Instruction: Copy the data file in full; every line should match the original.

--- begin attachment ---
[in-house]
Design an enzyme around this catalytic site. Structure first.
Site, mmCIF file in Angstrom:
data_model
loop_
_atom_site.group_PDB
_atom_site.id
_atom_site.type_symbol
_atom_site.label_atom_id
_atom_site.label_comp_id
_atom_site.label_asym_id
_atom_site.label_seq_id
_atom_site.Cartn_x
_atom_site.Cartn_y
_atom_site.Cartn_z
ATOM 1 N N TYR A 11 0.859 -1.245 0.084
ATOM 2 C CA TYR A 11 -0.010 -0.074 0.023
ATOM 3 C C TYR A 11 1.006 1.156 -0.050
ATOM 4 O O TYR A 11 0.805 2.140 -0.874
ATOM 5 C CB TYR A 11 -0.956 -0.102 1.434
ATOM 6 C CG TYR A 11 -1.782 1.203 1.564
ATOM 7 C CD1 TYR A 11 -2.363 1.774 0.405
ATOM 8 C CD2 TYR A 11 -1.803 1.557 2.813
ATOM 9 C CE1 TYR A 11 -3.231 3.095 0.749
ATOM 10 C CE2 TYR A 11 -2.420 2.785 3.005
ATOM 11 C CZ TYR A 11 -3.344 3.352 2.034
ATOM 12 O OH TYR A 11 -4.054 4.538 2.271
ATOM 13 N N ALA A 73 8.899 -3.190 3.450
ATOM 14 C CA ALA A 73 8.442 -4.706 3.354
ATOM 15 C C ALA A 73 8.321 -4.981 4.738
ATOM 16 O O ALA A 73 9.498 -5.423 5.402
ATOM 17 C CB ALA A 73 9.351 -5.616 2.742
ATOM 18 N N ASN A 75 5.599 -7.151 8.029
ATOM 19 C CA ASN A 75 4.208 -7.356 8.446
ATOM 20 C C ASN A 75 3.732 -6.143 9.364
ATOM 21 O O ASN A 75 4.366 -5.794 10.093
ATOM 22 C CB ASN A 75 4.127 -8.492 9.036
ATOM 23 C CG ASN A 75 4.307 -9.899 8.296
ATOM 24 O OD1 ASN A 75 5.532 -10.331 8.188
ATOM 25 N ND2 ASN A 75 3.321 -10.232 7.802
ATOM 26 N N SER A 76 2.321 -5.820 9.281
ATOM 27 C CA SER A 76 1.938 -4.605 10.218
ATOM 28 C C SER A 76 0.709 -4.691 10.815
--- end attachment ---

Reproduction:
[in-house]
Design an enzyme around this catalytic site. Structure first.
Site, mmCIF file in Angstrom:
data_model
loop_
_atom_site.group_PDB
_atom_site.id
_atom_site.type_symbol
_atom_site.label_atom_id
_atom_site.label_comp_id
_atom_site.label_asym_id
_atom_site.label_seq_id
_atom_site.Cartn_x
_atom_site.Cartn_y
_atom_site.Cartn_z
ATOM 1 N N TYR A 11 0.859 -1.245 0.084
ATOM 2 C CA TYR A 11 -0.010 -0.074 0.023
ATOM 3 C C TYR A 11 1.006 1.156 -0.050
ATOM 4 O O TYR A 11 0.805 2.140 -0.874
ATOM 5 C CB TYR A 11 -0.956 -0.102 1.434
ATOM 6 C CG TYR A 11 -1.782 1.203 1.564
ATOM 7 C CD1 TYR A 11 -2.363 1.774 0.405
ATOM 8 C CD2 TYR A 11 -1.803 1.557 2.813
ATOM 9 C CE1 TYR A 11 -3.231 3.095 0.749
ATOM 10 C CE2 TYR A 11 -2.420 2.785 3.005
ATOM 11 C CZ TYR A 11 -3.344 3.352 2.034
ATOM 12 O OH TYR A 11 -4.054 4.538 2.271
ATOM 13 N N ALA A 73 8.899 -3.190 3.450
ATOM 14 C CA ALA A 73 8.442 -4.706 3.354
ATOM 15 C C ALA A 73 8.321 -4.981 4.738
ATOM 16 O O ALA A 73 9.498 -5.423 5.402
ATOM 17 C CB ALA A 73 9.351 -5.616 2.742
ATOM 18 N N ASN A 75 5.599 -7.151 8.029
ATOM 19 C CA ASN A 75 4.208 -7.356 8.446
ATOM 20 C C ASN A 75 3.732 -6.143 9.364
ATOM 21 O O ASN A 75 4.366 -5.794 10.093
ATOM 22 C CB ASN A 75 4.127 -8.492 9.036
ATOM 23 C CG ASN A 75 4.307 -9.899 8.296
ATOM 24 O OD1 ASN A 75 5.532 -10.331 8.188
ATOM 25 N ND2 ASN A 75 3.321 -10.232 7.802
ATOM 26 N N SER A 76 2.321 -5.820 9.281
ATOM 27 C CA SER A 76 1.938 -4.605 10.218
ATOM 28 C C SER A 76 0.709 -4.691 10.815